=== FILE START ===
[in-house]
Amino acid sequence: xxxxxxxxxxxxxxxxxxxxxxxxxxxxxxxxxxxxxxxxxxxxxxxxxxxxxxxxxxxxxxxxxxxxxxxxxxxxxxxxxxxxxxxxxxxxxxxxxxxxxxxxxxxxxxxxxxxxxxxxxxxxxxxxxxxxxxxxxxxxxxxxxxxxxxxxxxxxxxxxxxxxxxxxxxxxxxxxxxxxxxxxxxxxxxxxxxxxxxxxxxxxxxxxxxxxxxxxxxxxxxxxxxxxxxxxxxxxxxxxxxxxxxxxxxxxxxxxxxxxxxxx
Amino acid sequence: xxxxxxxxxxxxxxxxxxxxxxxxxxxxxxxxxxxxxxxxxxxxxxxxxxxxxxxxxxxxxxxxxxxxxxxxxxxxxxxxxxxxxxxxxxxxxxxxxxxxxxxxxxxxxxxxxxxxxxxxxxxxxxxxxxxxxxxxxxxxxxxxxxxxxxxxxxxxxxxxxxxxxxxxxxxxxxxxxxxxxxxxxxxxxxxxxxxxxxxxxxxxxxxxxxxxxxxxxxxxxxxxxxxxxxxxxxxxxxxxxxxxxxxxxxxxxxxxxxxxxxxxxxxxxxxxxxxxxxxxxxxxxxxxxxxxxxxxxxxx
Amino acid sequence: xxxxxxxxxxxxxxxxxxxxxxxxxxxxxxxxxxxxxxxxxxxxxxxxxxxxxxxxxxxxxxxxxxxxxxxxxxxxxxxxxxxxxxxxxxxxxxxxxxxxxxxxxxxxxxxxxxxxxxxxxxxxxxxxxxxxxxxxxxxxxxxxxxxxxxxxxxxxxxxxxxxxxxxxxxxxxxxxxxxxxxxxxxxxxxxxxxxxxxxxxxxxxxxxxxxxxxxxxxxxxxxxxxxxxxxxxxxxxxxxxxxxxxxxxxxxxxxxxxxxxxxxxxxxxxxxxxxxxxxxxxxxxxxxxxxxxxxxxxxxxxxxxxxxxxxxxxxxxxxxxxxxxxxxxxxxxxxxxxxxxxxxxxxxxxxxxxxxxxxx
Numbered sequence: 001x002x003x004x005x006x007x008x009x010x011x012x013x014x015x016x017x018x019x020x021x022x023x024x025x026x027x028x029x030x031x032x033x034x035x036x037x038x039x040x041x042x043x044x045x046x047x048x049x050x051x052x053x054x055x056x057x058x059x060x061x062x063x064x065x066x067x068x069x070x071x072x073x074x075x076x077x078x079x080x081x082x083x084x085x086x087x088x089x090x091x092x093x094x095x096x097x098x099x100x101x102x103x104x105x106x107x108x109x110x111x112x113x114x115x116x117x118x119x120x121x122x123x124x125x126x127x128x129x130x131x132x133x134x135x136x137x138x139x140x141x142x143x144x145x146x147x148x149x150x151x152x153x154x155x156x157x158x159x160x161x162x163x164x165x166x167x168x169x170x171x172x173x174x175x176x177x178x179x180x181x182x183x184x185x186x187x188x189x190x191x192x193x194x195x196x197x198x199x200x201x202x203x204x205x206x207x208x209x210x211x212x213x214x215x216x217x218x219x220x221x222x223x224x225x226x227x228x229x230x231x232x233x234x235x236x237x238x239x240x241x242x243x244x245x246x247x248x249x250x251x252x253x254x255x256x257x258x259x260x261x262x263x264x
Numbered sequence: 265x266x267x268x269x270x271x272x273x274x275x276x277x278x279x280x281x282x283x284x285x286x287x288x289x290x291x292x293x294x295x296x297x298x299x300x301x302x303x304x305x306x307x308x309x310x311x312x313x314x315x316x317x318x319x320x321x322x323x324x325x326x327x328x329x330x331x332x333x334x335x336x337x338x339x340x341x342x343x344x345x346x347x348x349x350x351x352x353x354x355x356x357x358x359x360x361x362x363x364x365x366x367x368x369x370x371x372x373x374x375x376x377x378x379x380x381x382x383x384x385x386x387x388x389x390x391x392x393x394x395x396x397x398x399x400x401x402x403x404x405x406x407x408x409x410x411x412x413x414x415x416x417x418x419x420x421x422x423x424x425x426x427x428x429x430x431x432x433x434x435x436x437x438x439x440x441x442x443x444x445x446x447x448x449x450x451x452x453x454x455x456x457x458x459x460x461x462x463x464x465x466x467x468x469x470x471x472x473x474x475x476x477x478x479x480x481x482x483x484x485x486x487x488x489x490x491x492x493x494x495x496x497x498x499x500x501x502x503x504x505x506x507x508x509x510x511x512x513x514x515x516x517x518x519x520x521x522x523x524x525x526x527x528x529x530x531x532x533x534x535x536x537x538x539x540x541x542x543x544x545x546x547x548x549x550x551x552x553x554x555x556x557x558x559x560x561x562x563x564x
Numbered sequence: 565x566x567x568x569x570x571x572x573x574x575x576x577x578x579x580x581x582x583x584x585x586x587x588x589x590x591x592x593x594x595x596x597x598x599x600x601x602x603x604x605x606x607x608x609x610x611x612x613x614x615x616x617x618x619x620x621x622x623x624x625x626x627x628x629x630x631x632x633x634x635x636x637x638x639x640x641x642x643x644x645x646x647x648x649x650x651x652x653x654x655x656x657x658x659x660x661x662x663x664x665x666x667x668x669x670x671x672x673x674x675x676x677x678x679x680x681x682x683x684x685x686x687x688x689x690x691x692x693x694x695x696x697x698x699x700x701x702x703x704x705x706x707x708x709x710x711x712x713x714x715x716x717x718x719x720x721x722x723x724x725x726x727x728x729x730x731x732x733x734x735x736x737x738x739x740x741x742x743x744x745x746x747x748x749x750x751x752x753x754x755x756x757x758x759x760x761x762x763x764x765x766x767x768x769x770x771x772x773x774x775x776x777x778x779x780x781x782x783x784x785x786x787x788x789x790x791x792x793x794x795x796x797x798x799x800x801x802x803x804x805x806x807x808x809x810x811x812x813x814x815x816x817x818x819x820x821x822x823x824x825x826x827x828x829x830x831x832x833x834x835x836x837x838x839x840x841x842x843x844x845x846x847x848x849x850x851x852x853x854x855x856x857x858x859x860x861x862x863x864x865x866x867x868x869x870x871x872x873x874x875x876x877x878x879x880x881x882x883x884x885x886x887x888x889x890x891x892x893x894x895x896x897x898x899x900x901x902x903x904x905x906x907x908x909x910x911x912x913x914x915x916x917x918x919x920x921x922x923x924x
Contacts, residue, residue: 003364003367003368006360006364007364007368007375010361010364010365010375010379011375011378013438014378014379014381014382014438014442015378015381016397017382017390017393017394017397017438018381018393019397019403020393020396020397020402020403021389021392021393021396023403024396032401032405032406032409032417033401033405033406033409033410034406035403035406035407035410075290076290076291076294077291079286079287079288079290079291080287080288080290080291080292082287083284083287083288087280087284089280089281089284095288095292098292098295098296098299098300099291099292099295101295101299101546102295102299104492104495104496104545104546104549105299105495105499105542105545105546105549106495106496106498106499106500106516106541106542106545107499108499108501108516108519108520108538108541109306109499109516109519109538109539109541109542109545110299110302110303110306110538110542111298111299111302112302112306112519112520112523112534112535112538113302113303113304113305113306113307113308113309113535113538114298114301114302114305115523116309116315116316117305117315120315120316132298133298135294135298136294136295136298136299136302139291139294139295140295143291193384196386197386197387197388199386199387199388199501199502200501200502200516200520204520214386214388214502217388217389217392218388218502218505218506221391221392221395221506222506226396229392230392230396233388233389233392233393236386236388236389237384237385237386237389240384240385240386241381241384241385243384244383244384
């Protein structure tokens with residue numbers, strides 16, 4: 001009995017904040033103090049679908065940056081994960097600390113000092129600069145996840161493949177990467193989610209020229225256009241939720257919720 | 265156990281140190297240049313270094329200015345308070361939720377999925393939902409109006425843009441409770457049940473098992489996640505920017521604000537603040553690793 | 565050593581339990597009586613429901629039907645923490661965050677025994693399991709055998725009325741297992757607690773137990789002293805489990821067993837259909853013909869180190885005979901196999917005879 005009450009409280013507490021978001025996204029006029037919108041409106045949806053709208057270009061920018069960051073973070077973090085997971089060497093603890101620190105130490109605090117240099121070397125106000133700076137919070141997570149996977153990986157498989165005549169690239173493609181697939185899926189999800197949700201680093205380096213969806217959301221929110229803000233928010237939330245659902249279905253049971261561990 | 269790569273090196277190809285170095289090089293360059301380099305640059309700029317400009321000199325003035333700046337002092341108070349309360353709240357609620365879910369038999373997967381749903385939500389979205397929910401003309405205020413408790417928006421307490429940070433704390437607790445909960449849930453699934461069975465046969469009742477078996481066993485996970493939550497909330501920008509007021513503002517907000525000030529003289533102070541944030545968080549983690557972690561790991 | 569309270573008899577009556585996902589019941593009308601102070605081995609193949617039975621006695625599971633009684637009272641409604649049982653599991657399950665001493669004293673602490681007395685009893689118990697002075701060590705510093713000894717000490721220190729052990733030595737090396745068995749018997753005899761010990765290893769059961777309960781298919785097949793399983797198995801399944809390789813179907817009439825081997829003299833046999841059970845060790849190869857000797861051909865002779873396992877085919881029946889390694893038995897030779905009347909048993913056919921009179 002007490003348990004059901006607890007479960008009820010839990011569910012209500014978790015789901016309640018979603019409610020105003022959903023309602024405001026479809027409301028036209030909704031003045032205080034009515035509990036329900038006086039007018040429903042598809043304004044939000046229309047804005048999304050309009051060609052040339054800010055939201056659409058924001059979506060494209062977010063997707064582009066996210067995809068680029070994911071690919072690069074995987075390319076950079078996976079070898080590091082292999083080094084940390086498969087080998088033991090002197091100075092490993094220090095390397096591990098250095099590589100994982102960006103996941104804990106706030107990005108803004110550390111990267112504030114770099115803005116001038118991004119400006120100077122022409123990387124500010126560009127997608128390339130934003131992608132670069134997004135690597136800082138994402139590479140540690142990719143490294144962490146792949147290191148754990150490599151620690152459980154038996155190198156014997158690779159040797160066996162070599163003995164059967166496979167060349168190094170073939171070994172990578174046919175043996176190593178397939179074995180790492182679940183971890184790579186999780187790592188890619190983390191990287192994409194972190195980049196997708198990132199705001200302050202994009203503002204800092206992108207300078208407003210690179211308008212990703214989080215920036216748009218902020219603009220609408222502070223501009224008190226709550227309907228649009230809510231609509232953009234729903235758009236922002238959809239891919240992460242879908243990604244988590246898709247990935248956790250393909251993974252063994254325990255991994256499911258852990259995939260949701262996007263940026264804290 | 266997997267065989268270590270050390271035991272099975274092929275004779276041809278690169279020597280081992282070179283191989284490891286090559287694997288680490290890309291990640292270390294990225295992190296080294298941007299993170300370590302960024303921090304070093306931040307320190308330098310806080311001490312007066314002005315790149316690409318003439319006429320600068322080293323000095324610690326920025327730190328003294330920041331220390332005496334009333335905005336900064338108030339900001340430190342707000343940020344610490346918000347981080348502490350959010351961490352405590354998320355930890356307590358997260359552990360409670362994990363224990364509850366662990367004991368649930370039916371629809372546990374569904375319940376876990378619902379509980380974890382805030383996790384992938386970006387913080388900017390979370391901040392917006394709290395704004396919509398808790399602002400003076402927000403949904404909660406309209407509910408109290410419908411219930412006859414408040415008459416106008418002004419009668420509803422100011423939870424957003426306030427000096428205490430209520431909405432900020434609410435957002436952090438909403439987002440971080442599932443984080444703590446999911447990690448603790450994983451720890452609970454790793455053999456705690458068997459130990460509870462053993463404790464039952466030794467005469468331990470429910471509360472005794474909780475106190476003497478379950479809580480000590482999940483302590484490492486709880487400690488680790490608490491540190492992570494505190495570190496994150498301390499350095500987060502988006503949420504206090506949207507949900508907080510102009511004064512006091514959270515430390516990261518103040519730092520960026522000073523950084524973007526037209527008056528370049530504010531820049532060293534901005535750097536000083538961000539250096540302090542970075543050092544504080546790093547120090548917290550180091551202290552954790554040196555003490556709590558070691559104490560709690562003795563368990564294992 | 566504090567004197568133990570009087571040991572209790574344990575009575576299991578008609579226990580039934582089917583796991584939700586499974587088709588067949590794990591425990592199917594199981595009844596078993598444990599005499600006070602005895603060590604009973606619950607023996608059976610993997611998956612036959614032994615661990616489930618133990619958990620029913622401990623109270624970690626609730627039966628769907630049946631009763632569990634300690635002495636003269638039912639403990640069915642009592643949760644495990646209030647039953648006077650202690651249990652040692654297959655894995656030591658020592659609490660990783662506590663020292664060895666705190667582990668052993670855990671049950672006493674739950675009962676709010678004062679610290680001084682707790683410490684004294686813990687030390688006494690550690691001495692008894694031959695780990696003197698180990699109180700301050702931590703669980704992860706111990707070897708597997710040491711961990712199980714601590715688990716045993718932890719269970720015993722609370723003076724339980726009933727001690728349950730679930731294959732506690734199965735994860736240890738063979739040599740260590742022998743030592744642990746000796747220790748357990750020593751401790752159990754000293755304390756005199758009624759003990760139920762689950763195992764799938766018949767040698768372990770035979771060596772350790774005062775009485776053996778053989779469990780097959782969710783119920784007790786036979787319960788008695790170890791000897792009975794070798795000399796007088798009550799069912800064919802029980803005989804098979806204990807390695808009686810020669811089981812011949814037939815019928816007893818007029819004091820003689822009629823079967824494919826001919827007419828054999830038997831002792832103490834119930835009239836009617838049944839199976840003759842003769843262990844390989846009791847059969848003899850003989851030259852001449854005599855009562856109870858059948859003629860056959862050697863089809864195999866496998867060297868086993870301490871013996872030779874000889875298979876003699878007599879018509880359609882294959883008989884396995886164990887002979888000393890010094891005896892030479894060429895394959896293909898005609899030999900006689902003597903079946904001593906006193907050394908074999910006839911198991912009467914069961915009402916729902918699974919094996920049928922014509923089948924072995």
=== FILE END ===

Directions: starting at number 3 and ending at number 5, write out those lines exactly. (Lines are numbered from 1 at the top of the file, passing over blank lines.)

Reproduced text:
Amino acid sequence: xxxxxxxxxxxxxxxxxxxxxxxxxxxxxxxxxxxxxxxxxxxxxxxxxxxxxxxxxxxxxxxxxxxxxxxxxxxxxxxxxxxxxxxxxxxxxxxxxxxxxxxxxxxxxxxxxxxxxxxxxxxxxxxxxxxxxxxxxxxxxxxxxxxxxxxxxxxxxxxxxxxxxxxxxxxxxxxxxxxxxxxxxxxxxxxxxxxxxxxxxxxxxxxxxxxxxxxxxxxxxxxxxxxxxxxxxxxxxxxxxxxxxxxxxxxxxxxxxxxxxxxxxxxxxxxxxxxxxxxxxxxxxxxxxxxxxxxxxxxx
Amino acid sequence: xxxxxxxxxxxxxxxxxxxxxxxxxxxxxxxxxxxxxxxxxxxxxxxxxxxxxxxxxxxxxxxxxxxxxxxxxxxxxxxxxxxxxxxxxxxxxxxxxxxxxxxxxxxxxxxxxxxxxxxxxxxxxxxxxxxxxxxxxxxxxxxxxxxxxxxxxxxxxxxxxxxxxxxxxxxxxxxxxxxxxxxxxxxxxxxxxxxxxxxxxxxxxxxxxxxxxxxxxxxxxxxxxxxxxxxxxxxxxxxxxxxxxxxxxxxxxxxxxxxxxxxxxxxxxxxxxxxxxxxxxxxxxxxxxxxxxxxxxxxxxxxxxxxxxxxxxxxxxxxxxxxxxxxxxxxxxxxxxxxxxxxxxxxxxxxxxxxxxxxx
Numbered sequence: 001x002x003x004x005x006x007x008x009x010x011x012x013x014x015x016x017x018x019x020x021x022x023x024x025x026x027x028x029x030x031x032x033x034x035x036x037x038x039x040x041x042x043x044x045x046x047x048x049x050x051x052x053x054x055x056x057x058x059x060x061x062x063x064x065x066x067x068x069x070x071x072x073x074x075x076x077x078x079x080x081x082x083x084x085x086x087x088x089x090x091x092x093x094x095x096x097x098x099x100x101x102x103x104x105x106x107x108x109x110x111x112x113x114x115x116x117x118x119x120x121x122x123x124x125x126x127x128x129x130x131x132x133x134x135x136x137x138x139x140x141x142x143x144x145x146x147x148x149x150x151x152x153x154x155x156x157x158x159x160x161x162x163x164x165x166x167x168x169x170x171x172x173x174x175x176x177x178x179x180x181x182x183x184x185x186x187x188x189x190x191x192x193x194x195x196x197x198x199x200x201x202x203x204x205x206x207x208x209x210x211x212x213x214x215x216x217x218x219x220x221x222x223x224x225x226x227x228x229x230x231x232x233x234x235x236x237x238x239x240x241x242x243x244x245x246x247x248x249x250x251x252x253x254x255x256x257x258x259x260x261x262x263x264x